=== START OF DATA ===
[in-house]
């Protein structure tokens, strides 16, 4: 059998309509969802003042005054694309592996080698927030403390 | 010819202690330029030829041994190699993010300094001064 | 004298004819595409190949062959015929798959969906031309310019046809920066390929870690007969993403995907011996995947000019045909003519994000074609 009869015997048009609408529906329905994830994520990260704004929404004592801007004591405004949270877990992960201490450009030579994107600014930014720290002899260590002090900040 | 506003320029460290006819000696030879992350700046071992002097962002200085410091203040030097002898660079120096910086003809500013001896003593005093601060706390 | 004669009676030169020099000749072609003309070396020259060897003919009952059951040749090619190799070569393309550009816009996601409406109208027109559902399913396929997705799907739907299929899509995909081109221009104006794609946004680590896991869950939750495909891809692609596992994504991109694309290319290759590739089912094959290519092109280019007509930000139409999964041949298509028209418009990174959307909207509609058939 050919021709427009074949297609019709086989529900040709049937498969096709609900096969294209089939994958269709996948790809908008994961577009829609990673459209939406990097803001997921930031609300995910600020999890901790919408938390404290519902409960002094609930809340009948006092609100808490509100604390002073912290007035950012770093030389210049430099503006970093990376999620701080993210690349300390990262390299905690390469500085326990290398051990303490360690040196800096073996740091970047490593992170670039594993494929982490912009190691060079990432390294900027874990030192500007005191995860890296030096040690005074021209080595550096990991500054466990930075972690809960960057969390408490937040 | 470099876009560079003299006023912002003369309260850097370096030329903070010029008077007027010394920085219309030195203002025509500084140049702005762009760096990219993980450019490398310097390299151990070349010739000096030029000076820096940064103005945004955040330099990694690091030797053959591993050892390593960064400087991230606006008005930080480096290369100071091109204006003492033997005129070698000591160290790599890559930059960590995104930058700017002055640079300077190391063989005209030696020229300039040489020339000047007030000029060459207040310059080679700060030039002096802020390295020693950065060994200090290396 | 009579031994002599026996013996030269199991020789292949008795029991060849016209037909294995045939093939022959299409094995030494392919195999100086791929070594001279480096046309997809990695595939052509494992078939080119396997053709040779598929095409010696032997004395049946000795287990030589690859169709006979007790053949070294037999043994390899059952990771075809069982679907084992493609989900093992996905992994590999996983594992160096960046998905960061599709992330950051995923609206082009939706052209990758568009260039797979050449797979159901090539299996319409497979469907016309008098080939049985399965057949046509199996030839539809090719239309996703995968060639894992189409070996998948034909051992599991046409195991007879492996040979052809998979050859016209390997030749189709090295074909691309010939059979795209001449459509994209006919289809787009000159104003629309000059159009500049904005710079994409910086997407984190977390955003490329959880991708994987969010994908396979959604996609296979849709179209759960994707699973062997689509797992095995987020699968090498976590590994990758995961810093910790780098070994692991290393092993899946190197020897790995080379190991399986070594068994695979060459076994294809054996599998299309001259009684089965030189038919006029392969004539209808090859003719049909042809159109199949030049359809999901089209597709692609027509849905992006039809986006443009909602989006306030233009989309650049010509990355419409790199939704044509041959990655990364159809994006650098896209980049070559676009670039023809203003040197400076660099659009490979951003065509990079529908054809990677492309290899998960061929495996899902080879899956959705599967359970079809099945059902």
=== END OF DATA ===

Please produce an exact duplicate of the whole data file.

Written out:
[in-house]
């Protein structure tokens, strides 16, 4: 059998309509969802003042005054694309592996080698927030403390 | 010819202690330029030829041994190699993010300094001064 | 004298004819595409190949062959015929798959969906031309310019046809920066390929870690007969993403995907011996995947000019045909003519994000074609 009869015997048009609408529906329905994830994520990260704004929404004592801007004591405004949270877990992960201490450009030579994107600014930014720290002899260590002090900040 | 506003320029460290006819000696030879992350700046071992002097962002200085410091203040030097002898660079120096910086003809500013001896003593005093601060706390 | 004669009676030169020099000749072609003309070396020259060897003919009952059951040749090619190799070569393309550009816009996601409406109208027109559902399913396929997705799907739907299929899509995909081109221009104006794609946004680590896991869950939750495909891809692609596992994504991109694309290319290759590739089912094959290519092109280019007509930000139409999964041949298509028209418009990174959307909207509609058939 050919021709427009074949297609019709086989529900040709049937498969096709609900096969294209089939994958269709996948790809908008994961577009829609990673459209939406990097803001997921930031609300995910600020999890901790919408938390404290519902409960002094609930809340009948006092609100808490509100604390002073912290007035950012770093030389210049430099503006970093990376999620701080993210690349300390990262390299905690390469500085326990290398051990303490360690040196800096073996740091970047490593992170670039594993494929982490912009190691060079990432390294900027874990030192500007005191995860890296030096040690005074021209080595550096990991500054466990930075972690809960960057969390408490937040 | 470099876009560079003299006023912002003369309260850097370096030329903070010029008077007027010394920085219309030195203002025509500084140049702005762009760096990219993980450019490398310097390299151990070349010739000096030029000076820096940064103005945004955040330099990694690091030797053959591993050892390593960064400087991230606006008005930080480096290369100071091109204006003492033997005129070698000591160290790599890559930059960590995104930058700017002055640079300077190391063989005209030696020229300039040489020339000047007030000029060459207040310059080679700060030039002096802020390295020693950065060994200090290396 | 009579031994002599026996013996030269199991020789292949008795029991060849016209037909294995045939093939022959299409094995030494392919195999100086791929070594001279480096046309997809990695595939052509494992078939080119396997053709040779598929095409010696032997004395049946000795287990030589690859169709006979007790053949070294037999043994390899059952990771075809069982679907084992493609989900093992996905992994590999996983594992160096960046998905960061599709992330950051995923609206082009939706052209990758568009260039797979050449797979159901090539299996319409497979469907016309008098080939049985399965057949046509199996030839539809090719239309996703995968060639894992189409070996998948034909051992599991046409195991007879492996040979052809998979050859016209390997030749189709090295074909691309010939059979795209001449459509994209006919289809787009000159104003629309000059159009500049904005710079994409910086997407984190977390955003490329959880991708994987969010994908396979959604996609296979849709179209759960994707699973062997689509797992095995987020699968090498976590590994990758995961810093910790780098070994692991290393092993899946190197020897790995080379190991399986070594068994695979060459076994294809054996599998299309001259009684089965030189038919006029392969004539209808090859003719049909042809159109199949030049359809999901089209597709692609027509849905992006039809986006443009909602989006306030233009989309650049010509990355419409790199939704044509041959990655990364159809994006650098896209980049070559676009670039023809203003040197400076660099659009490979951003065509990079529908054809990677492309290899998960061929495996899902080879899956959705599967359970079809099945059902």